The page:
Moneyweb 28th November 2023 by Claran Ryan

GS Partners not licensed to solicit investments in SA – FSCA

This follows adverse warnings against the company and its affiliates in several US states and Canada.

The Financial Sector Conduct Authority (FSCA) has warned the public to exercise caution when dealing with GS Partners, also known as GSP or Gold Standard Partners.

This follows similar warnings against GS Partners in the US and Canada for violations of securities laws.

“GS Partners is not licensed under any financial sector law to provide financial products or financial services in South Africa. The FSCA is concerned about the unrealistic returns offered by GS Partners, and is conducting a preliminary investigation into its activities in South Africa. The FSCA has approached GS Partners for comment, and the entity has until Friday, 24 November 2023 to reply,” reads the FSCA statement.

The FSCA goes on to say that while it is not commenting on the specifics of GS Partners’s business, anyone offering financial products in SA requires authorisation from the FSCA.

Backing from sports stars

GS Partners and its affiliates have been criticised on social media for operating a multi-level marketing scheme that appeared to offer unrealistic returns while rewarding agents with generous commissions for introducing new investors.

The company extensively used sports stars, among them former Springbok hero Victor Matfield, to market its investments.

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A cease and desist order issued by the Texas State Securities Board this month highlighted this aspect of its business model: “GSP has been claiming that various athletes have also endorsed, promoted or otherwise supported the investments, the operations of GSB Group, and/or Lydian World. These athletes include boxer Floyd Mayweather and footballers Roberto Carlos, Mario Yepes, David Trezeguet, Michel Salgado, and [former SA soccer star] Lucas Radebe.”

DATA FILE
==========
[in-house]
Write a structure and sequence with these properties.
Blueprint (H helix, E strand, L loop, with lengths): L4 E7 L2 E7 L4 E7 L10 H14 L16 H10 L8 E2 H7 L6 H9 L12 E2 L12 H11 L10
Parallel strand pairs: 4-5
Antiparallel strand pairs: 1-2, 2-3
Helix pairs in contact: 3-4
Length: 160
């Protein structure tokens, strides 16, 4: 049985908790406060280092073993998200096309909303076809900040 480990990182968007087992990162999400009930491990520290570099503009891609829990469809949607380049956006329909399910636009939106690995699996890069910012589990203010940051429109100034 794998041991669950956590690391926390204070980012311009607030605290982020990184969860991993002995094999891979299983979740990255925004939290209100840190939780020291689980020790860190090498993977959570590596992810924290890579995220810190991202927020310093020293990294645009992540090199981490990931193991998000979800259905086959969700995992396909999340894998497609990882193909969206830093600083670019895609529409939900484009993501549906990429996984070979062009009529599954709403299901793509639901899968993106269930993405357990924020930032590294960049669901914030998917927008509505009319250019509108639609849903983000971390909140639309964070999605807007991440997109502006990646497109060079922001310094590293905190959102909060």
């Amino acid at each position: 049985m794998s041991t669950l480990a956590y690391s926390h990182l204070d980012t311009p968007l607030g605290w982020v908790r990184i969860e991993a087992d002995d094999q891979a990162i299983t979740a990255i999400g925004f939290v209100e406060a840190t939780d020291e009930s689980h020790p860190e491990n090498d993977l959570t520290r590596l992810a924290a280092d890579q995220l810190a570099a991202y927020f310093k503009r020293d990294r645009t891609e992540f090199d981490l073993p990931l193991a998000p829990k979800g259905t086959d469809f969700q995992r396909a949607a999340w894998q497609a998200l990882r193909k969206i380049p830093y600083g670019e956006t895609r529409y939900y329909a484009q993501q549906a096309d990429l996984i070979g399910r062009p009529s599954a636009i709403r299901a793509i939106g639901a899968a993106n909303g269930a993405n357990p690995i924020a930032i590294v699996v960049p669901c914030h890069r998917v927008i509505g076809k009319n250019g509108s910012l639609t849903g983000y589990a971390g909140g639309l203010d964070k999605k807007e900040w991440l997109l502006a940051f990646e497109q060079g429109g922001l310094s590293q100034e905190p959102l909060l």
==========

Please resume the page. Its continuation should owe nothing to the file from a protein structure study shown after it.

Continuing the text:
Gold Standard Banking Corporation (GSB) is another affiliated company registered in Germany.

Defamation lawsuit

In 2021, GSB, its chair Josip Heit, and four other individuals – Tony De Gouveia, Bruce Hughes, Andrew Eaton and Brendon Earp-Jones – sued three commentators appearing on the YouTube channel G-Crypt for defamation and loss of income to the tune of R476 million after they criticised the company’s investment offering in unflattering terms. The company and the plaintiffs say they suffered substantial income losses after the videos first appeared.

The three defendants are Louis Nel, Francois Harris, and Gareth Grobler. The offending G-Crypt videos have since been removed from YouTube, though efforts are being made to reinstate them. Grobler founded the now-defunct iCE3x crypto exchange, which is currently in provisional liquidation.

Crypto exchange iCE3x suspends trading after discovering account discrepancies [Mar 2021]
Crypto exchange iCE3 to be liquidated, suspends all withdrawals [Apr 2021]
The liquidation of iCE3 is a watershed moment for SA’s crypto industry [May 2021]